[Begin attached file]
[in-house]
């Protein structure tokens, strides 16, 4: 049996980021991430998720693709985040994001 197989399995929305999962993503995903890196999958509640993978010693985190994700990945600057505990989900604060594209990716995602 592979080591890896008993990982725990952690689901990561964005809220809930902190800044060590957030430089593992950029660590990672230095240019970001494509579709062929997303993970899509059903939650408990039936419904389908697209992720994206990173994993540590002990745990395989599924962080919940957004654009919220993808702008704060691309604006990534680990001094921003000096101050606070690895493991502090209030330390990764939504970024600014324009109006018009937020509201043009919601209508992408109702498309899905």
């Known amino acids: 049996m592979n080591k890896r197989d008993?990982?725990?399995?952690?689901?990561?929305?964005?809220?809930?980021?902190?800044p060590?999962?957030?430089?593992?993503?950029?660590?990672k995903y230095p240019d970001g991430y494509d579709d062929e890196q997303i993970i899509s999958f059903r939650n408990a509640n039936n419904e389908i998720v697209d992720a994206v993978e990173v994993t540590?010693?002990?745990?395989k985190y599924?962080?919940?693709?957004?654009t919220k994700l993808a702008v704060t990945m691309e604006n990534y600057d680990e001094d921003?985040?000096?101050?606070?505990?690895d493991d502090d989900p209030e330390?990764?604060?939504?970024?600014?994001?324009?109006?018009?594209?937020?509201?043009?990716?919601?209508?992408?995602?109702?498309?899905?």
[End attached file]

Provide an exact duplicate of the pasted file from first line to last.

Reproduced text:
[in-house]
């Protein structure tokens, strides 16, 4: 049996980021991430998720693709985040994001 197989399995929305999962993503995903890196999958509640993978010693985190994700990945600057505990989900604060594209990716995602 592979080591890896008993990982725990952690689901990561964005809220809930902190800044060590957030430089593992950029660590990672230095240019970001494509579709062929997303993970899509059903939650408990039936419904389908697209992720994206990173994993540590002990745990395989599924962080919940957004654009919220993808702008704060691309604006990534680990001094921003000096101050606070690895493991502090209030330390990764939504970024600014324009109006018009937020509201043009919601209508992408109702498309899905």
């Known amino acids: 049996m592979n080591k890896r197989d008993?990982?725990?399995?952690?689901?990561?929305?964005?809220?809930?980021?902190?800044p060590?999962?957030?430089?593992?993503?950029?660590?990672k995903y230095p240019d970001g991430y494509d579709d062929e890196q997303i993970i899509s999958f059903r939650n408990a509640n039936n419904e389908i998720v697209d992720a994206v993978e990173v994993t540590?010693?002990?745990?395989k985190y599924?962080?919940?693709?957004?654009t919220k994700l993808a702008v704060t990945m691309e604006n990534y600057d680990e001094d921003?985040?000096?101050?606070?505990?690895d493991d502090d989900p209030e330390?990764?604060?939504?970024?600014?994001?324009?109006?018009?594209?937020?509201?043009?990716?919601?209508?992408?995602?109702?498309?899905?």